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Eric Cantor Says He's 'Absolutely' Shocked by His Defeat

Eric Cantor’s loss rocked Washington politics and his own expectations, too.

Eric Cantor’s primary loss on Tuesday didn't just stun outside watchers, it slapped the Virginia Republican with shock, too.

"Absolutely ... I don’t think anybody in the country thought that the outcome would be what it was I think we’re going to be able to look back at this, and what seemed really bad at the time may turn out to be really good,” Cantor told ABC’s “This Week” with George Stephanopoulos on Sunday morning.

Cantor, 51, was defeated in his 7th District Republican primary by Dave Brat, a tea-party backed economics professor.

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While Cantor announced his resignation as House majority leader on Wednesday, he’s hopeful to remain active in "the kinds of things that we’re working on in Washington" in some capacity.

He said that he doesn't plan to go into lobbying and hasn't ruled out a future run. He said he’ll consult with his wife of 25 years about his next move.

"I believe after almost 23 years in public service that I can play a role and not just in elected office obviously but in the private sector," Cantor said.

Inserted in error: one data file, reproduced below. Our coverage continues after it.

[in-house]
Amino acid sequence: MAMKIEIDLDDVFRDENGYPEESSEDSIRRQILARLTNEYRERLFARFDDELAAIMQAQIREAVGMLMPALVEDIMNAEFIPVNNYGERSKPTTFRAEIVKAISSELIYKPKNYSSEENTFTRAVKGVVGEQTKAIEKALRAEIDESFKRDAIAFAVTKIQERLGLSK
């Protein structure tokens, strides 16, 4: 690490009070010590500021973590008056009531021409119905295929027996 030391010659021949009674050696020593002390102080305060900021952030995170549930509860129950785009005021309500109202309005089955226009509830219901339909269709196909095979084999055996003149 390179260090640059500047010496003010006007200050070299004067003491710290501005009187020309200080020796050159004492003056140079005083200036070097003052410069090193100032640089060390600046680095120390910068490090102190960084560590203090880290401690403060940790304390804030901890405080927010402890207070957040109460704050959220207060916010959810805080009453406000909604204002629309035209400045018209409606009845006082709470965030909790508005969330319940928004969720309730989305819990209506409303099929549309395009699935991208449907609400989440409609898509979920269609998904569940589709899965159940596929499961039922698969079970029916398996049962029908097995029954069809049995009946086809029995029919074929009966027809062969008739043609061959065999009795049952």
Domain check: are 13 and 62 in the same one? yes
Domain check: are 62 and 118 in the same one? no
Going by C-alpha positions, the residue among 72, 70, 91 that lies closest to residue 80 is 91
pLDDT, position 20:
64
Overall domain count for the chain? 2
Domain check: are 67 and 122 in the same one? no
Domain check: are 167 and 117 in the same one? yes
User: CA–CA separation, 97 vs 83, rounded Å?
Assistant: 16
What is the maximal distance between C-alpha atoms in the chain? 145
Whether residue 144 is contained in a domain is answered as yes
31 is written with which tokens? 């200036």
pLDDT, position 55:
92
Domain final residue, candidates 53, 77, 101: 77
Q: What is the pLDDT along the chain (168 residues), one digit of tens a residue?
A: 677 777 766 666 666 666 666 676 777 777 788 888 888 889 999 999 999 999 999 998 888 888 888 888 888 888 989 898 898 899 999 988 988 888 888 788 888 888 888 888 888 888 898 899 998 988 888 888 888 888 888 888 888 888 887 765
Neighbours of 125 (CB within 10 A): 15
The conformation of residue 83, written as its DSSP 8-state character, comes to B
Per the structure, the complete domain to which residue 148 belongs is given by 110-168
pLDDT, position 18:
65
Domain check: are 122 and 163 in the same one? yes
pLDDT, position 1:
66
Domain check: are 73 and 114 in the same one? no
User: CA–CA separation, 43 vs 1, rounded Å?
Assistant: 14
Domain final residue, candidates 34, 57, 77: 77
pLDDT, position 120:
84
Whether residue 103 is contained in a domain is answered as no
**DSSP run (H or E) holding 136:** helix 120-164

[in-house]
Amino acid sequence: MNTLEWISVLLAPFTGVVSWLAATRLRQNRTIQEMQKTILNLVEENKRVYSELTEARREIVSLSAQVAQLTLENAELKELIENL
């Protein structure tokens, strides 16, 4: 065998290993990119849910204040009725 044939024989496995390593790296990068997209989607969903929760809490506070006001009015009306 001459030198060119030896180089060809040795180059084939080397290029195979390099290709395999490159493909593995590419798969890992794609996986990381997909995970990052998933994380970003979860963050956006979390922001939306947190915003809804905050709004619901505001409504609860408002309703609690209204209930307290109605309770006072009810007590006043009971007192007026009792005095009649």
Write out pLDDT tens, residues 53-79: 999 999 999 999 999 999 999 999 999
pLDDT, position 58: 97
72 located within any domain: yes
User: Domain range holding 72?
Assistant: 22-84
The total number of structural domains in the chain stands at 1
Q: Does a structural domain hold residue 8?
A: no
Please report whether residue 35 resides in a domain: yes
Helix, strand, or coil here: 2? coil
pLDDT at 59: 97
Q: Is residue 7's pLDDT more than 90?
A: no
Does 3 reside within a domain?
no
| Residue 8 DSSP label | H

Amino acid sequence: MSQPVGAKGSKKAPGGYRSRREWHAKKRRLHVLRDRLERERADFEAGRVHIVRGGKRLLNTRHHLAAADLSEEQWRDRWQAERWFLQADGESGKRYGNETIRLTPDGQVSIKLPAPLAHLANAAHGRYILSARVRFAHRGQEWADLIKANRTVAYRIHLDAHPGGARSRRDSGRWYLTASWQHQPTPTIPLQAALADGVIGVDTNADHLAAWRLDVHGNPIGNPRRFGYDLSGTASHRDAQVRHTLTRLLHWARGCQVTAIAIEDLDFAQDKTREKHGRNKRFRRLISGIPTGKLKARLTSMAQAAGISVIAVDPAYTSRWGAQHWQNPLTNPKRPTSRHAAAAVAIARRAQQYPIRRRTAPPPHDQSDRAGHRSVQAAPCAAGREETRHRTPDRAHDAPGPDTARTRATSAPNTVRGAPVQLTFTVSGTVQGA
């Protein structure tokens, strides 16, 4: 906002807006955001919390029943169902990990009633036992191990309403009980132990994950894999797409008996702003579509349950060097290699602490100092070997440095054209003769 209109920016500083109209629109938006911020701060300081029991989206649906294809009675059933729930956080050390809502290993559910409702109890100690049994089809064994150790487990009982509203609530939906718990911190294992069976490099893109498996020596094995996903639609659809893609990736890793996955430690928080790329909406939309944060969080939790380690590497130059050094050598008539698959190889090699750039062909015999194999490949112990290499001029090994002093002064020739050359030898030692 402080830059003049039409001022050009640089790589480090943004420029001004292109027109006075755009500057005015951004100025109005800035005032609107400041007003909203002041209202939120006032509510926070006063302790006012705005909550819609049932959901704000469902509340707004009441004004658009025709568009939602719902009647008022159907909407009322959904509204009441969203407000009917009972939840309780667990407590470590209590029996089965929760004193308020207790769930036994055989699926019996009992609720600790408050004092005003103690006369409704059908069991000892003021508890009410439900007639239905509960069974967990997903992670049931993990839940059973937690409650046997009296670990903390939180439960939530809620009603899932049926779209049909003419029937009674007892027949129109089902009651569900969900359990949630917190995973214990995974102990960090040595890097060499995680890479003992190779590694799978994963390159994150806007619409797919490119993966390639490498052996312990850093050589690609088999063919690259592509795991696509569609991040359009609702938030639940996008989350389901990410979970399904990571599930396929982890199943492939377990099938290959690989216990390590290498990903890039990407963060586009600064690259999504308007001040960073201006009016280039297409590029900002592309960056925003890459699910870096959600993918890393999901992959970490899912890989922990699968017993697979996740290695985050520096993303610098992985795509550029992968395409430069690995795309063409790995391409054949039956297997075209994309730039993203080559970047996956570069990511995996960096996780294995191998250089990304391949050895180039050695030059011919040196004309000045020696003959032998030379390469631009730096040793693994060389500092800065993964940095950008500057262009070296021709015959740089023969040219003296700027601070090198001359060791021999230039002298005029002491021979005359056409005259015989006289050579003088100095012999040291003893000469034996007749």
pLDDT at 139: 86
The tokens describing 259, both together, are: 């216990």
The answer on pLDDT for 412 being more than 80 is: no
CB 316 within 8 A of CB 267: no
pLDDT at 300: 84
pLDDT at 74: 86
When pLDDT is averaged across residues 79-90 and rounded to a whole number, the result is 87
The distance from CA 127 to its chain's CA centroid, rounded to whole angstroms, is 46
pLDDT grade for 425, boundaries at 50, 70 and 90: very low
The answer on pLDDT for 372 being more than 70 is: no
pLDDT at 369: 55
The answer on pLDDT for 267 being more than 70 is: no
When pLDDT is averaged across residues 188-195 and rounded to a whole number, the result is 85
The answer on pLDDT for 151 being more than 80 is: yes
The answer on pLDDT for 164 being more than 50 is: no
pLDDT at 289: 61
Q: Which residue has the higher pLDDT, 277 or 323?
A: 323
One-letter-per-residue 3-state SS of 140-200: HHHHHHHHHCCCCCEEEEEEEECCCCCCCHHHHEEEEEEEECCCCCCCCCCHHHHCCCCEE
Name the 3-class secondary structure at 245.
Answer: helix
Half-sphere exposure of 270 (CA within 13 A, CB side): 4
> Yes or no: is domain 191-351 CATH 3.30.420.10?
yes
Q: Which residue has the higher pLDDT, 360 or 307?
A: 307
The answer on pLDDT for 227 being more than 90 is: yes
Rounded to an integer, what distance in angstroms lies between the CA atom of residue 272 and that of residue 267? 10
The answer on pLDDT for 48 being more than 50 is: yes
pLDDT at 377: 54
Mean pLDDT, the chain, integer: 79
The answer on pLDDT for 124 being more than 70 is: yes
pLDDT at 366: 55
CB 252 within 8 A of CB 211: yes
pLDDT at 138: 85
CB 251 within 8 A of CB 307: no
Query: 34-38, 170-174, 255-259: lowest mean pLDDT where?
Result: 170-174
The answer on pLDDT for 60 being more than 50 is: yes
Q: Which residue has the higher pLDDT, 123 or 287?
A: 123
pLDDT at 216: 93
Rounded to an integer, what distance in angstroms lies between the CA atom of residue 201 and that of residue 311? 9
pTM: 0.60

Mitt Romney also spoke on Cantor’s shocking defeat Sunday on NBC’s “Meet the Press.”

“Well, there are different voices and different candidates and different effectiveness and different campaigns that of course affect the outcome of various races. I know it's our inclination to look at races and suggest that somehow a national movement is causing what occurs,” Romney told Matt Gregory.

As for what the unexpected turnout says for the Republican party, Romney said the loss "has a lot to do with the effectiveness of relative campaigns."

"But also major issues, people are upset about what's happening with the failure of the president to carry out our immigration laws. They're seeing what's happening at the border. And I think that probably figured into the party race," Romney said.

— Natalie Daher